The Fetch Blog

Curated reads and events for professionals

Interview: Perth Local, Sam Birmingham — August 5, 2012

Interview: Perth Local, Sam Birmingham

Perth curator Justin Strharsky learns a bit about starting a business in 54 hours from Perth local Sam Birmingham.

Sam Birmingham

Name: Sam Birmingham


Twitter: @sambirmingham

Works at: Making it all happen.

You’ve been a fixture in Perth’s entrepreneurial community for a while – what would you say are our unique challenges here?

Disconnection. Perth is the most isolated capital city in the world, yet we can all do so much more to find out what is going on in our own backyard. With challenge comes opportunity though — it fills me with optimism every time I meet a new person or hear about a new venture starting up here.

Do you see any unique advantages or opportunities to starting a new venture here?

Absolutely! Beyond the obvious answers like servicing the mining boom, access to Asian markets and tapping Perth’s entrepreneurial spirit, starting a new venture in a (relatively) small and (very) isolated city gives you the chance to test and refine your service amongst a receptive local audience. Then when the time comes to scale up, hopefully you’ll already have a lot of the gremlins out of your system!

Oh, it is doesn’t hurt to have great weather and an amazing coastline — sometimes you’ve got to reward yourself with a break and there aren’t many better places to do that than here!

You are currently organising a Startup Weekend for Perth .  Can you give us a three sentence explanation and pitch?

Startup Weekend is an intense 54 hour event which brings together people with diverse skills sets — from software developers and designers, to marketers and hustlers — to build applications and develop a credible business around them. As well as meeting a bunch of interesting people, you’ll learn a lot about yourself and how to give life to the hundred and one ideas that all of us have swirling around our heads each day.

There is no better way to test your ideas and skills than put them into action, and what better place to do it than in an environment where you’ve got nothing to lose?!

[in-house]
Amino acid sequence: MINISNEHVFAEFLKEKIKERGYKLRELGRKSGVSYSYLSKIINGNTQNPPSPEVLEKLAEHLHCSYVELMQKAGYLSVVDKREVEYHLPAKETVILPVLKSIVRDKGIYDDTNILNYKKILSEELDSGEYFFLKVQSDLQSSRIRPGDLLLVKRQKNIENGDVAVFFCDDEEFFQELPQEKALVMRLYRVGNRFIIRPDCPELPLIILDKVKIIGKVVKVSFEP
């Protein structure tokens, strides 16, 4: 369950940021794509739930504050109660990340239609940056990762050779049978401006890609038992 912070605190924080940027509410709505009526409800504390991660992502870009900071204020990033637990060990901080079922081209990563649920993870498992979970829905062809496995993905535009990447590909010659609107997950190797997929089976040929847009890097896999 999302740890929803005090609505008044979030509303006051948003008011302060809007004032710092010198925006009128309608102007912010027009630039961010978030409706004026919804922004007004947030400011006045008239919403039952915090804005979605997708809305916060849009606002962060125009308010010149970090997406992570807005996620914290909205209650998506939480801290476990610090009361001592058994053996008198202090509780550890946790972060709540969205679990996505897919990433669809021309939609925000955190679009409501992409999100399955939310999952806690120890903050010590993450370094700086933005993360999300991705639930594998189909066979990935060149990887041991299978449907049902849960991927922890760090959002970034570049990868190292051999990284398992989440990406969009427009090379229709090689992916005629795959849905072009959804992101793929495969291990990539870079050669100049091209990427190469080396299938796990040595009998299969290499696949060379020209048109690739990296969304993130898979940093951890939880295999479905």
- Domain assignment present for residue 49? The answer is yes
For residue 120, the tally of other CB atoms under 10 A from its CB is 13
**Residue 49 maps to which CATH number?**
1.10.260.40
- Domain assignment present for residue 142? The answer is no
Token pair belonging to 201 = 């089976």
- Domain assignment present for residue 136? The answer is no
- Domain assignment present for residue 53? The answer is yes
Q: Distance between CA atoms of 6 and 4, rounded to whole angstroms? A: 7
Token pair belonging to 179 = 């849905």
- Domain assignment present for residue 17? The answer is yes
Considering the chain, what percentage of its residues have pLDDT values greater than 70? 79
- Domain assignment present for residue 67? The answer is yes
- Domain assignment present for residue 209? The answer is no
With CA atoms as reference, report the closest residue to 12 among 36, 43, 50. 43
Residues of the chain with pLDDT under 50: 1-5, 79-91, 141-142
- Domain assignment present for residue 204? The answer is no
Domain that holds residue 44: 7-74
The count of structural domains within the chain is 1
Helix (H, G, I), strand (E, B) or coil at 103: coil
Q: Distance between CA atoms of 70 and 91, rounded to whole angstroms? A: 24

Why does Perth need a Startup Weekend?

To address that disconnection issue that I talked about earlier… By its very nature, Startup Weekend brings a bunch of otherwise disconnected people into the same room, to work on solving a bunch of problems together. By the end of the weekend, not only will everyone have learned a lot and had a heap of fun, hopefully we’ll be more aware of the countless others who are doing awesome things all around us.

You recently returned from seeing Startup Weekend in Wellington. What excited you about what you saw there? Were there any disappointments?

For sure! I had high expectations before Startup Weekend Wellington and left even more excited and optimistic by the end of the weekend. Perhaps the most exciting thing was seeing such a diverse group of people (almost all of whom had never met) form teams organically, and so openly share the journey with their teammates and everyone else who participated.

I wouldn’t say there were any disappointments. There were certainly some reality checks for a few people, though, but that’s what happens when you condense the entire ideation, validation and business creation process into 54 hours!

Any tips for those who are going to participate in Perth Startup Weekend?

First and foremost, get involved — JFDI!

Embrace new perspectives; learn, learn, learn; focus on solving problems; and whatever you end up building, keep it lean!

Interview: Perth Local, Bernadette Jiwa — July 9, 2012

Interview: Perth Local, Bernadette Jiwa

Perth curator Justin Strharsky learns a bit about how to tell a brand story from Perth expert Bernadette Jiwa.

Name: Bernadette Jiwa


Twitter: @bernadettejiwa

Works at: The Story of Telling

You help entrepreneurs and newer businesses craft what you call a ‘brand story’ – what’s that?

A brand story is the sum of all the parts that make up your brand, from your product, name and copy, design and marketing, to your mission and how your customers experience your brand.
I’ve written a post that details the various elements.

I imagine that many entrepreneurs are overwhelmed by the demands of a new business. How do you explain why telling the story of their brand should win their limited resources?

It’s as simple as understanding that it doesn’t matter how good your idea is if nobody knows.

You primarily work with entrepreneurs and newer businesses – why is that?

Actually I work with startups and entrepreneurs who are further along the track with developing their business. The best time to work out what differentiates you is right at the start, that way you can take your product to market with confidence. Sometimes people come to me when what they’ve been doing hasn’t work and then we track back to work out why.